Greene said the film also shows “how beautiful and kind Torin was,” and how he dealt with being bullied.

“He was bullied a lot in his teenage years,” Bernola said of Torin. “He didn’t let it get to him. He just kind of overcame it and remained positive. To me, that is an inspiration and it might be something that another person is going through that they can watch this documentary and say, ‘This guy did it — I can do it, too.’ It could be influential to somebody, especially to a younger person who has nowhere to turn to.”

Greene, who grew up in the Harrisburg area, met Torin because he was a friend of one of Greene’s nieces. However, he did not know him well.

“I went to her house a few times he was there. He was very energetic, very funny. How he was just murdered was just tragic,” Greene said “I felt compelled to do something. I just couldn’t get it off my mind. I knew I had the ability to tell the story.”

Greene also was bullied while growing up, and thought that telling Torin’s story would help others in the same situation.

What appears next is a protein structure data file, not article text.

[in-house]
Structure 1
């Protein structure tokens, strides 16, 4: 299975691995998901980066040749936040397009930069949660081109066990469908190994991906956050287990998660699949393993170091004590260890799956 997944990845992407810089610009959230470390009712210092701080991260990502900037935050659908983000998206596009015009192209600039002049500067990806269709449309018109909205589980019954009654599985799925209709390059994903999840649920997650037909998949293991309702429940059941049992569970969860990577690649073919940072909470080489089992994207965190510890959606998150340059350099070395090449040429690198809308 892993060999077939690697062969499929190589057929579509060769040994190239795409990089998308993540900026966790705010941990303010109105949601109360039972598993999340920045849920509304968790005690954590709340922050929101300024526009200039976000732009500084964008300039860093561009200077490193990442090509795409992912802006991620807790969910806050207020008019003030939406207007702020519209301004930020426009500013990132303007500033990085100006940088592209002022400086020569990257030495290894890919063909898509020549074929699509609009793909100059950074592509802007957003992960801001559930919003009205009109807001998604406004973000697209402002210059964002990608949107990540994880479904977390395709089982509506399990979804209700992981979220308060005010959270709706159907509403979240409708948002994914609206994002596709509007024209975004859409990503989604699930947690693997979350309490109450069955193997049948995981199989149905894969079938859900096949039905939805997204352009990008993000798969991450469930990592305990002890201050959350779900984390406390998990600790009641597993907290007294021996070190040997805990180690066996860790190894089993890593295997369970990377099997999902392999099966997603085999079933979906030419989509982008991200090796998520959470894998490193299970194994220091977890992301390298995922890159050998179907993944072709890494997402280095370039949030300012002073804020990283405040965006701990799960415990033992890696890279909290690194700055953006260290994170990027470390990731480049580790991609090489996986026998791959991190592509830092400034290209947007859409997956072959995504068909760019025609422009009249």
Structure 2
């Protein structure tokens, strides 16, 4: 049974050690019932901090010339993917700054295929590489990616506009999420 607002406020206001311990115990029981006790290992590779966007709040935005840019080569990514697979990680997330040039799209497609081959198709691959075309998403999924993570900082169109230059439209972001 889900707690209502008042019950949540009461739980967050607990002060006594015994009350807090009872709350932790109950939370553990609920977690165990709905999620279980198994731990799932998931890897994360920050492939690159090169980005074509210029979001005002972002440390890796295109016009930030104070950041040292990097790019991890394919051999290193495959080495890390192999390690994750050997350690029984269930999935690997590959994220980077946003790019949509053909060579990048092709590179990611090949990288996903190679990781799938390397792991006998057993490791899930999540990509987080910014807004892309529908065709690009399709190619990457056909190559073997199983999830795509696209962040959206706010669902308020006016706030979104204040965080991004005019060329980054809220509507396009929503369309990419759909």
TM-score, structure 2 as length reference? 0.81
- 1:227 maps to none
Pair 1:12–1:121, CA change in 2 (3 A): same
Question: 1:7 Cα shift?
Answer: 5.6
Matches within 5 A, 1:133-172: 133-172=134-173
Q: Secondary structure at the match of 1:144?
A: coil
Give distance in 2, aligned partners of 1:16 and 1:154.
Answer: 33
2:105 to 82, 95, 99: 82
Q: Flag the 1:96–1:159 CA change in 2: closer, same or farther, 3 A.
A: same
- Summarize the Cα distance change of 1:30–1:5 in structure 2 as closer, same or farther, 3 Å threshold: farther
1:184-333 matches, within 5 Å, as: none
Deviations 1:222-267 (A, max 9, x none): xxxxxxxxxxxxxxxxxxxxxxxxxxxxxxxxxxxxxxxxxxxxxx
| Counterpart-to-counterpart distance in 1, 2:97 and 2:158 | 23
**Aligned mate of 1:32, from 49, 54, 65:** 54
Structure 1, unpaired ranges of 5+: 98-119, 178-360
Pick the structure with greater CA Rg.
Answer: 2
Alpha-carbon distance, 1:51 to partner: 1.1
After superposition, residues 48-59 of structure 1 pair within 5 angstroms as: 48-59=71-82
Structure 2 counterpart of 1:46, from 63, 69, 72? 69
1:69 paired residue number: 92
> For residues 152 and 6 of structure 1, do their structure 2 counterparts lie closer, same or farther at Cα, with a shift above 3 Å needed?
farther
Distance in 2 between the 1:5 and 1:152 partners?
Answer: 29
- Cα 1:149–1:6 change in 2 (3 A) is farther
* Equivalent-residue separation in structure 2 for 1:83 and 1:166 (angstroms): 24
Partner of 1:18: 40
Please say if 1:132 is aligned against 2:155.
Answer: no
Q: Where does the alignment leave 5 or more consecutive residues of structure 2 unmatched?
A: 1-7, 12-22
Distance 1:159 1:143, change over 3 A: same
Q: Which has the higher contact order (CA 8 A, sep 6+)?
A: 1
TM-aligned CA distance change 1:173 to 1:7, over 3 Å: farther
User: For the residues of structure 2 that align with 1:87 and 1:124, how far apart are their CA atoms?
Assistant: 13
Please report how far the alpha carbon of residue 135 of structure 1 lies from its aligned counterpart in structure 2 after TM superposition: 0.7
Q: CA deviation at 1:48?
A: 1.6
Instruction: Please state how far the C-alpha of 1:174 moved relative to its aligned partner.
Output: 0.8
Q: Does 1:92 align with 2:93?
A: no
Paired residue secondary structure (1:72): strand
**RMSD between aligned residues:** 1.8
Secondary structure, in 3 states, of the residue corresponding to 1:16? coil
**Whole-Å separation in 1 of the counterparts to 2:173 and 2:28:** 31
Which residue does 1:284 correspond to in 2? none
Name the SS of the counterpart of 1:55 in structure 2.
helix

Greene waited about a month after Torin was killed to reach out to his family. After getting their blessing, Greene reached out to Christine McLarty, a reporter for WHTM abc27 news, who had been the first reporter at the scene when Torin’s body was discovered on the grounds near the National Civil War Museum by a bus driver.

McLarty aired a segment on Greene doing the film, which led to Greene raising more than $5,300 through GoFundMe to support making the documentary.

“It was coming from everyone,” Greene said of donations for the film. “From people of the Middletown community, from Torin’s family, my friends and family, the whole community.”

Greene hoped to include McLarty in the film, but she had left the area for a TV station in Florida. The bus driver is included in the film.